One well-known difficulty in building classification models occurs when one class vastly outnumbers the other classes. For example, if the output (target) variable has 95% 0s and 5% 1s, a neural network could predict every record will be 0 and have 95% accuracy. Of course, this is a meaningless model. This occurs when there are contradictions in the data, that is, when there are input patterns in the data with output patterns containing both 0s and 1s. If there are more records with an output variable value equal to 0, the classifier will choose 0 as the more likely answer.
The most common correction to make when building neural networks for data with a large imbalance of class counts is to merely balance the counts of 0s and 1s by removing records with excess 0s, or by duplicating records with 1s. That issue will be covered in a future issue of Abbott Insights™.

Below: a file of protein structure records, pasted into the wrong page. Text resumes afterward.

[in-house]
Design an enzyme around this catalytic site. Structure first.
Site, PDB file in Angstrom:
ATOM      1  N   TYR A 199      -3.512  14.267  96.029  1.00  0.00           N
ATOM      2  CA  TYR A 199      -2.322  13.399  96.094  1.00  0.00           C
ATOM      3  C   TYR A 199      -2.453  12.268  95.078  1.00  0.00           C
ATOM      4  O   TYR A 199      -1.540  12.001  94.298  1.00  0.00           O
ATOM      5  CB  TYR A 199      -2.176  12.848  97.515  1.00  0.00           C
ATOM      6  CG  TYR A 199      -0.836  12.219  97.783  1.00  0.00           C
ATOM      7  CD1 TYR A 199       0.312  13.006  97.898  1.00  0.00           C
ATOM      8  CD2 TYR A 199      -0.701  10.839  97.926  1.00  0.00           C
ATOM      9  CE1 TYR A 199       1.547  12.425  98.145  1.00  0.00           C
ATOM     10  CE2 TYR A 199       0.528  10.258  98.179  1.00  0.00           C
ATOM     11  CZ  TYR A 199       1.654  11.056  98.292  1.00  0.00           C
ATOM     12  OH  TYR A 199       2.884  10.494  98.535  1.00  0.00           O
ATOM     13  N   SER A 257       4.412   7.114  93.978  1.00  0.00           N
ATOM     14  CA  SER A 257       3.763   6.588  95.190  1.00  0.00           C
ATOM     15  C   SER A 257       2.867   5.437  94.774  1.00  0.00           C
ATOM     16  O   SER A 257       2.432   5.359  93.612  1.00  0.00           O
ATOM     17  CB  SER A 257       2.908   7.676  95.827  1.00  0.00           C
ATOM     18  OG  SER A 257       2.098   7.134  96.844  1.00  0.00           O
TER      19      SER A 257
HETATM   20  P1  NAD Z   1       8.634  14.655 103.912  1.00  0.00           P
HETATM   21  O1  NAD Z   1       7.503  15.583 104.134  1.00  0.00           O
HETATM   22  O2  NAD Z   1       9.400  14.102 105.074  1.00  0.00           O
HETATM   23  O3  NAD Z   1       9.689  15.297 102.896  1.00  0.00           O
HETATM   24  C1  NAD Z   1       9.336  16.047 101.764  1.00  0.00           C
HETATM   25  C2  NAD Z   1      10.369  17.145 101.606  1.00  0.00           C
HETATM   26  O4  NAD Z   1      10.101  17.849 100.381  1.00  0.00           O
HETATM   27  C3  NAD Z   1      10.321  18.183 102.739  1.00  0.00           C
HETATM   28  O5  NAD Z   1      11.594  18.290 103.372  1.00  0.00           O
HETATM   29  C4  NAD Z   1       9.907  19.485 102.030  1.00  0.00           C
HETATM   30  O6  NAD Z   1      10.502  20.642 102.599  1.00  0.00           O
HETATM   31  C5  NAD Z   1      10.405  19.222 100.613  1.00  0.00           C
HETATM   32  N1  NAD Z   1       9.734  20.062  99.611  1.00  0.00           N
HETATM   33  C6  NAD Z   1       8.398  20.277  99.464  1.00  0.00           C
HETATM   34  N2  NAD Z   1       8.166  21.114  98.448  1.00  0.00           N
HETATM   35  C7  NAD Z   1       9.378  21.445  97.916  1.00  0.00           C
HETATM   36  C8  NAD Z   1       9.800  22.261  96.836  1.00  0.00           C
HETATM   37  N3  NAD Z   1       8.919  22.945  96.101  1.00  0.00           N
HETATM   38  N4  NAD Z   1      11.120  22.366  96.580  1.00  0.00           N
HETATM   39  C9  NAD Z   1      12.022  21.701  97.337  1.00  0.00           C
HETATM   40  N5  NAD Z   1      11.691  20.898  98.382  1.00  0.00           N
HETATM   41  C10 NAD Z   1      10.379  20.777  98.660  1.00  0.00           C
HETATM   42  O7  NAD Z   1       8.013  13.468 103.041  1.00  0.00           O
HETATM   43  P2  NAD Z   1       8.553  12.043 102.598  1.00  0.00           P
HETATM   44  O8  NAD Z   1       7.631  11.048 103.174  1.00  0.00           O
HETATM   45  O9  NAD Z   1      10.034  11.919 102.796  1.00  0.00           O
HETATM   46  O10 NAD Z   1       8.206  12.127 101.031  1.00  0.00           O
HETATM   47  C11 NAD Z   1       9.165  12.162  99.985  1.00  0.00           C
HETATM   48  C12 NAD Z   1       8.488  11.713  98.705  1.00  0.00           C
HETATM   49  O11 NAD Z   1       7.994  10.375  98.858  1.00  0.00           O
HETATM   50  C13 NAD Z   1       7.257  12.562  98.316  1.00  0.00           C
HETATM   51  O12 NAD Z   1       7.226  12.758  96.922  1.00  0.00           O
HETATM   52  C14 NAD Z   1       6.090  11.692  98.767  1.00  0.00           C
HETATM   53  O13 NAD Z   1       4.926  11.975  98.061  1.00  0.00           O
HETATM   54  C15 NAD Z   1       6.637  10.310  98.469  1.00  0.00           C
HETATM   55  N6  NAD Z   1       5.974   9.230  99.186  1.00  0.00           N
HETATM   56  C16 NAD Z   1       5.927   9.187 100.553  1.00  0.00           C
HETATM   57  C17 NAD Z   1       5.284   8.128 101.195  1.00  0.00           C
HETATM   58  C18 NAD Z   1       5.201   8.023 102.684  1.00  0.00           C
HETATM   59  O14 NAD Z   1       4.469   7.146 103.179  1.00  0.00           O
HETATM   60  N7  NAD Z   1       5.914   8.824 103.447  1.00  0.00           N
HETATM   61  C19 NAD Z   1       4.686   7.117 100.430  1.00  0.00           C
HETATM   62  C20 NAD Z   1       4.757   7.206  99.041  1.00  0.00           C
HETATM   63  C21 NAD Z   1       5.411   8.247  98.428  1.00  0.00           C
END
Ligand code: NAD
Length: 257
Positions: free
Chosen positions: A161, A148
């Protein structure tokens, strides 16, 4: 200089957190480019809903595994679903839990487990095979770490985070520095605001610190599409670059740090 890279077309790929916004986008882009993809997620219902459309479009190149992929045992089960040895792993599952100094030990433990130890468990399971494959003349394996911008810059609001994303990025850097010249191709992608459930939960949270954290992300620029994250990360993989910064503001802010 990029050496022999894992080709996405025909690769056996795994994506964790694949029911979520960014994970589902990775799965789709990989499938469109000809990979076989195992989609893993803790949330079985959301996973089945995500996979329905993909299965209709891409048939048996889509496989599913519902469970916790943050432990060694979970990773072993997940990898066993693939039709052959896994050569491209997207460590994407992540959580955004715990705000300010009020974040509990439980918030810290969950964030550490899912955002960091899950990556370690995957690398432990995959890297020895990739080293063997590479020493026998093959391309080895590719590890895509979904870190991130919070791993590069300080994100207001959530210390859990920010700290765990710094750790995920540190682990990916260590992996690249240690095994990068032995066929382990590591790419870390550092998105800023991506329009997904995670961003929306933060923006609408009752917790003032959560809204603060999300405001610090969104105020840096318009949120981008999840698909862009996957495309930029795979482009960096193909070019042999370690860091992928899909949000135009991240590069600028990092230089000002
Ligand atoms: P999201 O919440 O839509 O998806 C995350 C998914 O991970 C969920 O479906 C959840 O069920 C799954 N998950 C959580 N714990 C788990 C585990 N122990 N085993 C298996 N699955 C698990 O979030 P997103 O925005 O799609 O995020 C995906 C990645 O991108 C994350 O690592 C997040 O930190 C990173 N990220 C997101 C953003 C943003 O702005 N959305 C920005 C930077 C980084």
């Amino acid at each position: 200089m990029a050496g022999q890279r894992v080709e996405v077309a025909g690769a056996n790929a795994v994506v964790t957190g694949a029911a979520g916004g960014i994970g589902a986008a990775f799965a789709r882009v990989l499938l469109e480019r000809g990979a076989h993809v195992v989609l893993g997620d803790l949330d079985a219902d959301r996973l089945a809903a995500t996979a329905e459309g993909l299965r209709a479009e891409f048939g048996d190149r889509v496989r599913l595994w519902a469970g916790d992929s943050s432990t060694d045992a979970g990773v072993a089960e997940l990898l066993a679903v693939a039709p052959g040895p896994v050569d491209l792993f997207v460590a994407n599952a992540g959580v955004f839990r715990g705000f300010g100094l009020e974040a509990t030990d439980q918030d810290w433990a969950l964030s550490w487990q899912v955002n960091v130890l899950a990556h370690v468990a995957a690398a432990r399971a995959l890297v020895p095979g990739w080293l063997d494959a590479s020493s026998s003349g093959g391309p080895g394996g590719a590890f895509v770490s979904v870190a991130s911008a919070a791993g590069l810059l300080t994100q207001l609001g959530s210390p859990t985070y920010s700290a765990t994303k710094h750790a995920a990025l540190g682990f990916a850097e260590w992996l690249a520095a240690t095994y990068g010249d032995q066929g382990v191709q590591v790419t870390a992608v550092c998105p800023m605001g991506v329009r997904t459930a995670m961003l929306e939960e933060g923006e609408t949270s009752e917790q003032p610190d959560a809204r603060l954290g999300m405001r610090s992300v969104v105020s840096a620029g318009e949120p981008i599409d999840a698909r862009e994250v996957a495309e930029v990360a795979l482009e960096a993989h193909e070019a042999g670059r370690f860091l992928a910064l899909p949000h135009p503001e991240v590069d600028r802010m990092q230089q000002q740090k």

However, some algorithms have a way to accomplish this balancing without sampling by specifying the expected prior probability of each class value (priors). The CART decision tree algorithm is one algorithm with settings to do this. The advantage is that no data is thrown away, yet the classifier won’t favor the overrepresented class value over the underrepresented one.